I didn't begin my unschooling life as a single parent, but I became one three years ago. Prior to getting divorced, I didn't need to work. My kids' dad brought home a regular paycheck, and I got to be a full time, stay at home mom. As we moved through mediation, custody, and child support orders, it became clear that I was going to need to find a job. We had always unschooled, and I hadn't had to work since they were toddlers. I panicked. We lived rurally. I couldn't afford a regular babysitter. I was stumped as to how in the world I was going to find work that would allow me to continue raising my kids without school.
I had worked in restaurants, I had been an elementary school teacher, it's not like I couldn't go out and find a job. It's just that I knew I was unwilling to send my kids to school because I needed day care. I was so clear that unschooling and being home with my kids was my top priority, I just knew that something would materialize. And gradually, it did.
In the three and a half years since I began juggling unschooling and single parenting, I have earned money in several different ways. For a while I job shared a part time teaching position leading hikes for school kids. In order to do this I traded child care with other moms. It worked for a while and then we got burnt out. The kids got tired of being shuttled around one or two days a week and I got tired of trying to inspire large homogeneous groups of school kids to love the outdoors. For a while I worked in a restaurant. I was able to work shifts that coincided with the days the kids were at their dad's house and only needed to do child care trades every once in a while. Then I taught classes at the local homeschool support center in our town. I taught a few hours a week while my kids took classes. None of these jobs lasted very long. Each job took me away from my home and away from my number one priority: my children.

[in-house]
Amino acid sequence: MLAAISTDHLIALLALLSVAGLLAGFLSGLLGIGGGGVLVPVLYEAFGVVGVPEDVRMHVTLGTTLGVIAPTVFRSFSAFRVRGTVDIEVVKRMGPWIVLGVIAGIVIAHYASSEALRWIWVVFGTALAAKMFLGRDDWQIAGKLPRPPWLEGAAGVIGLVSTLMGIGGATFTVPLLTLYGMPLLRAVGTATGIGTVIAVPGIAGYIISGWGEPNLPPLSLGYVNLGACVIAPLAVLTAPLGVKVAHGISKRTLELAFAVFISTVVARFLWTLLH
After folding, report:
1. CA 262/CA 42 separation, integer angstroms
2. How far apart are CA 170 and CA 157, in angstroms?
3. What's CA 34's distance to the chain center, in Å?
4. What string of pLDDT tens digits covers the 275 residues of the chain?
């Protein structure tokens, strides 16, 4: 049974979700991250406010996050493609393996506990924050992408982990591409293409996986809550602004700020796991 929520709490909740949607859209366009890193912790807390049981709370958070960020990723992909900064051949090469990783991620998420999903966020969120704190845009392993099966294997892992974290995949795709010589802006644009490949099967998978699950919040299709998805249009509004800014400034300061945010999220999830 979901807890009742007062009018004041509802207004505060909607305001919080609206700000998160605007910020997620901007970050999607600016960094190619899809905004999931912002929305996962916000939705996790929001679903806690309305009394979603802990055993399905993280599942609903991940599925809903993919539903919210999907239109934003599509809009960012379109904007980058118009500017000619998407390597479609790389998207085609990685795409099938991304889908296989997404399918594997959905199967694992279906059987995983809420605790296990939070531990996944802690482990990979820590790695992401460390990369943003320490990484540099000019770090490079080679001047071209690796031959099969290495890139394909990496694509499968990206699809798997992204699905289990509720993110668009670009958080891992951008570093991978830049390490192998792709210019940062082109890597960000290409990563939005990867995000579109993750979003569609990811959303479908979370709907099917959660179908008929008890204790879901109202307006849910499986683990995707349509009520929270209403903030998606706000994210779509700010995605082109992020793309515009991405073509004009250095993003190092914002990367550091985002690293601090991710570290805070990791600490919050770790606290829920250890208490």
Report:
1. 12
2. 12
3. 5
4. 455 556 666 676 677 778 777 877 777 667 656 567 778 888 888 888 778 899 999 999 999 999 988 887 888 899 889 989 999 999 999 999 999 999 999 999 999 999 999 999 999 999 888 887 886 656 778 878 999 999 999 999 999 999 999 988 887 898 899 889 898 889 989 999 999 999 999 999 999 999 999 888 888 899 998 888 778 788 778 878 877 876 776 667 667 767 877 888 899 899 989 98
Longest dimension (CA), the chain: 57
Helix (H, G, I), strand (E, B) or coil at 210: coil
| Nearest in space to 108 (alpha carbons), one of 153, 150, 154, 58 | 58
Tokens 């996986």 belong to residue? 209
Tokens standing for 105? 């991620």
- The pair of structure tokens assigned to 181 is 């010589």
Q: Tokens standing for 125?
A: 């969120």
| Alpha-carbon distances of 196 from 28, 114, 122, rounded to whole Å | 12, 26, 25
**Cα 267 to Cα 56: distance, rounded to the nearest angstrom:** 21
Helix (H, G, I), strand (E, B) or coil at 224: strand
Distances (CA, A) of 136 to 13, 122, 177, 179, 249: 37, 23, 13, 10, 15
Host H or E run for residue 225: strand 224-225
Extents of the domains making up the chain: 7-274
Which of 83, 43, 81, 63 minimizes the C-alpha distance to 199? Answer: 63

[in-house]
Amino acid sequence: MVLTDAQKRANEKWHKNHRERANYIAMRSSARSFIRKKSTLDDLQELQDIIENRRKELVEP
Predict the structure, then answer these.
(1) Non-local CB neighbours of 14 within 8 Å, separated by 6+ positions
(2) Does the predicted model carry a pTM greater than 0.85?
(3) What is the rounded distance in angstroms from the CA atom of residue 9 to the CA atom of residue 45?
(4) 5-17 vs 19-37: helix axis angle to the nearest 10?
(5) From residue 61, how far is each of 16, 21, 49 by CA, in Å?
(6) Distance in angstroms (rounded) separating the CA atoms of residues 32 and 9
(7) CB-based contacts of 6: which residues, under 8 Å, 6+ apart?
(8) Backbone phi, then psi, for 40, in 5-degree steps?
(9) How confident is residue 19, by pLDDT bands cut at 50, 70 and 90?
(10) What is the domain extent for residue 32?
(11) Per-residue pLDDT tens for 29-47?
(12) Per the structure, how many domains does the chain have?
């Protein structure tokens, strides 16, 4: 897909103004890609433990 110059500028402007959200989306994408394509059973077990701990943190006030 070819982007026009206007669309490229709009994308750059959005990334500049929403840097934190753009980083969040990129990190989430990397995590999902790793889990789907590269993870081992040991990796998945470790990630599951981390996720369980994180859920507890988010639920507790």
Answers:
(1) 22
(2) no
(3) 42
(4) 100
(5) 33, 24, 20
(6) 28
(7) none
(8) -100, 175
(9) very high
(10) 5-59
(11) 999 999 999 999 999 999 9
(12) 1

Eventually I was able to find work that I can do at home, without needing childcare. Although the money isn't always consistent and there are loads of times when I wonder how in the world we are going to get through the month, knowing that I am home and available to my kids makes it worthwhile. Less work means less money, of course. As I was going from job to job and doing the major soul searching that goes with divorce, I realized that in putting unschooling at the top of my priority list, I was choosing not to use my degree and my potential for working 40 hours and earning a decent salary. With this decision came major lifestyle changes. I learned that there are lots of federal and state programs available to lower income families. I learned that there is no shame in receiving food stamps. I learned that we can live on far less income than I ever thought possible.
Now that we have been doing life this way for quite a while, I can't imagine it any other way. Unschooling doesn't add any additional expense to our lives. We live simply. We make most things from scratch. We reuse and recycle as much as possible. We shop at thrift stores and trade with friends. When there is extra money we do extra things. Mostly, it just works. I have moments when it all feels like too much and shipping them off to school sounds like a fabulous idea. But really, when it comes down to it, I love our time together. It is intense and creative and open ended and fun. It is also incredibly challenging. I wouldn't change a thing.
Becky is the unschooling mother of three (Janey, 11, Macy, 9 and Charley, 6) attempting to raise her children with compassion and respect. She taught elementary school for 9 years before discovering unschooling when it was time for her oldest to go to Kindergarten. She credits Sandra Dodd, Mary Griffith, Jan Hunt, and just about every other person she interacted with at her first HSC Home=Education conference 6 years ago, as her inspiration to find a more natural way of living and learning with children. She is a Homeschooling Consultant, offering support and guidance to families looking to clarify their vision as a family of learners. You can read more of what Becky has to say at http://lifewithoutschool.blogspot.com She can be reached at homeschoolconsultant@gmailcom.